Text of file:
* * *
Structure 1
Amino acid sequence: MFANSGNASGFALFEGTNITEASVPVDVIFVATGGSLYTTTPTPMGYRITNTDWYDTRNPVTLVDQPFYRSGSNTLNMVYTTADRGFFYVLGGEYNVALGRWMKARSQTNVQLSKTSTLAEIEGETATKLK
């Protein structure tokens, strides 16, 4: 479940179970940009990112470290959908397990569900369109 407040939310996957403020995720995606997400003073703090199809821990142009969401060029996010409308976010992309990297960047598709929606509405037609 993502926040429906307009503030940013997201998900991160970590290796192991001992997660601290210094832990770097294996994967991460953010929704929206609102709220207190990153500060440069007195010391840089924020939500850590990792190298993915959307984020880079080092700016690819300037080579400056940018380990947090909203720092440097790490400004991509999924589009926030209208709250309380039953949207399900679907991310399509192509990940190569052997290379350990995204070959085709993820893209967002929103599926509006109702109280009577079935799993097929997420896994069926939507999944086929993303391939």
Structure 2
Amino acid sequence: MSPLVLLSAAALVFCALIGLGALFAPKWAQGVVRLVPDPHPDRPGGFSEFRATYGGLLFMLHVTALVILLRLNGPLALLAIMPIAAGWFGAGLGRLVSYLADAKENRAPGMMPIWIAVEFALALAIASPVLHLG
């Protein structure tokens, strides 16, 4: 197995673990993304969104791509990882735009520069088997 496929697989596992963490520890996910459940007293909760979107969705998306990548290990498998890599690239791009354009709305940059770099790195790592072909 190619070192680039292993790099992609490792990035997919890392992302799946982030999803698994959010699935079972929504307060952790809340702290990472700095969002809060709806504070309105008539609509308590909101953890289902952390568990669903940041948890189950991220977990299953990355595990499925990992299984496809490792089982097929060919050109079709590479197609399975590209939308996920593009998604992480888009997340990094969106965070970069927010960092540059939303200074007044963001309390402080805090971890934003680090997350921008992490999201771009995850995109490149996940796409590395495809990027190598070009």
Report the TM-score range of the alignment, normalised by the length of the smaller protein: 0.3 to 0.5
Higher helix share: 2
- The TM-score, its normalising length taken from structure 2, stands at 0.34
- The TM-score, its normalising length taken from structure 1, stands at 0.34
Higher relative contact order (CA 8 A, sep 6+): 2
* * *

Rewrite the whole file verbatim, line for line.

Structure 1
Amino acid sequence: MFANSGNASGFALFEGTNITEASVPVDVIFVATGGSLYTTTPTPMGYRITNTDWYDTRNPVTLVDQPFYRSGSNTLNMVYTTADRGFFYVLGGEYNVALGRWMKARSQTNVQLSKTSTLAEIEGETATKLK
């Protein structure tokens, strides 16, 4: 479940179970940009990112470290959908397990569900369109 407040939310996957403020995720995606997400003073703090199809821990142009969401060029996010409308976010992309990297960047598709929606509405037609 993502926040429906307009503030940013997201998900991160970590290796192991001992997660601290210094832990770097294996994967991460953010929704929206609102709220207190990153500060440069007195010391840089924020939500850590990792190298993915959307984020880079080092700016690819300037080579400056940018380990947090909203720092440097790490400004991509999924589009926030209208709250309380039953949207399900679907991310399509192509990940190569052997290379350990995204070959085709993820893209967002929103599926509006109702109280009577079935799993097929997420896994069926939507999944086929993303391939």
Structure 2
Amino acid sequence: MSPLVLLSAAALVFCALIGLGALFAPKWAQGVVRLVPDPHPDRPGGFSEFRATYGGLLFMLHVTALVILLRLNGPLALLAIMPIAAGWFGAGLGRLVSYLADAKENRAPGMMPIWIAVEFALALAIASPVLHLG
């Protein structure tokens, strides 16, 4: 197995673990993304969104791509990882735009520069088997 496929697989596992963490520890996910459940007293909760979107969705998306990548290990498998890599690239791009354009709305940059770099790195790592072909 190619070192680039292993790099992609490792990035997919890392992302799946982030999803698994959010699935079972929504307060952790809340702290990472700095969002809060709806504070309105008539609509308590909101953890289902952390568990669903940041948890189950991220977990299953990355595990499925990992299984496809490792089982097929060919050109079709590479197609399975590209939308996920593009998604992480888009997340990094969106965070970069927010960092540059939303200074007044963001309390402080805090971890934003680090997350921008992490999201771009995850995109490149996940796409590395495809990027190598070009």
Report the TM-score range of the alignment, normalised by the length of the smaller protein: 0.3 to 0.5
Higher helix share: 2
- The TM-score, its normalising length taken from structure 2, stands at 0.34
- The TM-score, its normalising length taken from structure 1, stands at 0.34
Higher relative contact order (CA 8 A, sep 6+): 2